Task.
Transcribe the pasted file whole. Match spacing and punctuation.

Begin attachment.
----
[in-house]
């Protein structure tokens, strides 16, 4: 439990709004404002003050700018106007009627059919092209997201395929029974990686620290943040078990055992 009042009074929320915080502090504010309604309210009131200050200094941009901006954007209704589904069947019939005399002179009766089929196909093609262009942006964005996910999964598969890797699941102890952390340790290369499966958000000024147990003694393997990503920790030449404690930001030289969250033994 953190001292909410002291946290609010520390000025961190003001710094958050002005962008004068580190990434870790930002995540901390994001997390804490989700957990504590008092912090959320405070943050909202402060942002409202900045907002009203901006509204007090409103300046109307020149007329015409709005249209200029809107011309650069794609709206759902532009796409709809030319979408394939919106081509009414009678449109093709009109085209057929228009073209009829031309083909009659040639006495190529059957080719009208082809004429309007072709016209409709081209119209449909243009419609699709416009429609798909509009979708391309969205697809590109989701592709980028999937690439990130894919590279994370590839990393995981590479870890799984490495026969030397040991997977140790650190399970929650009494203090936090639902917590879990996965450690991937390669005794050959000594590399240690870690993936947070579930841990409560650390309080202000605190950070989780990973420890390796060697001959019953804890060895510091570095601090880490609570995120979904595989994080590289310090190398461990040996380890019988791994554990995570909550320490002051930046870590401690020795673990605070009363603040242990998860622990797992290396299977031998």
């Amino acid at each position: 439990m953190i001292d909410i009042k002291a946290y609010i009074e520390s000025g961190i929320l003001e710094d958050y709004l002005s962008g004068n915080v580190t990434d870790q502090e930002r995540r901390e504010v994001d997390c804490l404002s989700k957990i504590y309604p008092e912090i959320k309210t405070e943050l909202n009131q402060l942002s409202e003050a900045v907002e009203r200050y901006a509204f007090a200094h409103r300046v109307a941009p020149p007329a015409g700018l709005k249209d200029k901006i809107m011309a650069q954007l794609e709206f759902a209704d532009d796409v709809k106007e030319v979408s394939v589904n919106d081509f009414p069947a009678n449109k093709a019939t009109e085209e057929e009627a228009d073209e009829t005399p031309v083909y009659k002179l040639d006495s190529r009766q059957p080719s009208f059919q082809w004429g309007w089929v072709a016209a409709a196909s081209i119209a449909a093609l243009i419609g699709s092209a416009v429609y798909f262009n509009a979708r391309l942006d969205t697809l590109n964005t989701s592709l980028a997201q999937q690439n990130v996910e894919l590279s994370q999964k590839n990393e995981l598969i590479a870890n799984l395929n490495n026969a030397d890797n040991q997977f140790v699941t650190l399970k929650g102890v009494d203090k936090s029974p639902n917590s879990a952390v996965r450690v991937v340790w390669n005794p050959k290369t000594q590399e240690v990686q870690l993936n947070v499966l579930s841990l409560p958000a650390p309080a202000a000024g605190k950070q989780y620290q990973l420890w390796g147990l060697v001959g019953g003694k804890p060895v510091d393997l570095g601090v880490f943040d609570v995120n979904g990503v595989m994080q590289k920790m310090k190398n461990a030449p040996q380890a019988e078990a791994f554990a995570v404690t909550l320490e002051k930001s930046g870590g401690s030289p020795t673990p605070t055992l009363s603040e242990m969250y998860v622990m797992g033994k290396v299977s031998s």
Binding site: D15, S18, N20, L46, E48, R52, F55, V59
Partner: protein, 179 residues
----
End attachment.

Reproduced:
[in-house]
């Protein structure tokens, strides 16, 4: 439990709004404002003050700018106007009627059919092209997201395929029974990686620290943040078990055992 009042009074929320915080502090504010309604309210009131200050200094941009901006954007209704589904069947019939005399002179009766089929196909093609262009942006964005996910999964598969890797699941102890952390340790290369499966958000000024147990003694393997990503920790030449404690930001030289969250033994 953190001292909410002291946290609010520390000025961190003001710094958050002005962008004068580190990434870790930002995540901390994001997390804490989700957990504590008092912090959320405070943050909202402060942002409202900045907002009203901006509204007090409103300046109307020149007329015409709005249209200029809107011309650069794609709206759902532009796409709809030319979408394939919106081509009414009678449109093709009109085209057929228009073209009829031309083909009659040639006495190529059957080719009208082809004429309007072709016209409709081209119209449909243009419609699709416009429609798909509009979708391309969205697809590109989701592709980028999937690439990130894919590279994370590839990393995981590479870890799984490495026969030397040991997977140790650190399970929650009494203090936090639902917590879990996965450690991937390669005794050959000594590399240690870690993936947070579930841990409560650390309080202000605190950070989780990973420890390796060697001959019953804890060895510091570095601090880490609570995120979904595989994080590289310090190398461990040996380890019988791994554990995570909550320490002051930046870590401690020795673990605070009363603040242990998860622990797992290396299977031998």
């Amino acid at each position: 439990m953190i001292d909410i009042k002291a946290y609010i009074e520390s000025g961190i929320l003001e710094d958050y709004l002005s962008g004068n915080v580190t990434d870790q502090e930002r995540r901390e504010v994001d997390c804490l404002s989700k957990i504590y309604p008092e912090i959320k309210t405070e943050l909202n009131q402060l942002s409202e003050a900045v907002e009203r200050y901006a509204f007090a200094h409103r300046v109307a941009p020149p007329a015409g700018l709005k249209d200029k901006i809107m011309a650069q954007l794609e709206f759902a209704d532009d796409v709809k106007e030319v979408s394939v589904n919106d081509f009414p069947a009678n449109k093709a019939t009109e085209e057929e009627a228009d073209e009829t005399p031309v083909y009659k002179l040639d006495s190529r009766q059957p080719s009208f059919q082809w004429g309007w089929v072709a016209a409709a196909s081209i119209a449909a093609l243009i419609g699709s092209a416009v429609y798909f262009n509009a979708r391309l942006d969205t697809l590109n964005t989701s592709l980028a997201q999937q690439n990130v996910e894919l590279s994370q999964k590839n990393e995981l598969i590479a870890n799984l395929n490495n026969a030397d890797n040991q997977f140790v699941t650190l399970k929650g102890v009494d203090k936090s029974p639902n917590s879990a952390v996965r450690v991937v340790w390669n005794p050959k290369t000594q590399e240690v990686q870690l993936n947070v499966l579930s841990l409560p958000a650390p309080a202000a000024g605190k950070q989780y620290q990973l420890w390796g147990l060697v001959g019953g003694k804890p060895v510091d393997l570095g601090v880490f943040d609570v995120n979904g990503v595989m994080q590289k920790m310090k190398n461990a030449p040996q380890a019988e078990a791994f554990a995570v404690t909550l320490e002051k930001s930046g870590g401690s030289p020795t673990p605070t055992l009363s603040e242990m969250y998860v622990m797992g033994k290396v299977s031998s």
Binding site: D15, S18, N20, L46, E48, R52, F55, V59
Partner: protein, 179 residues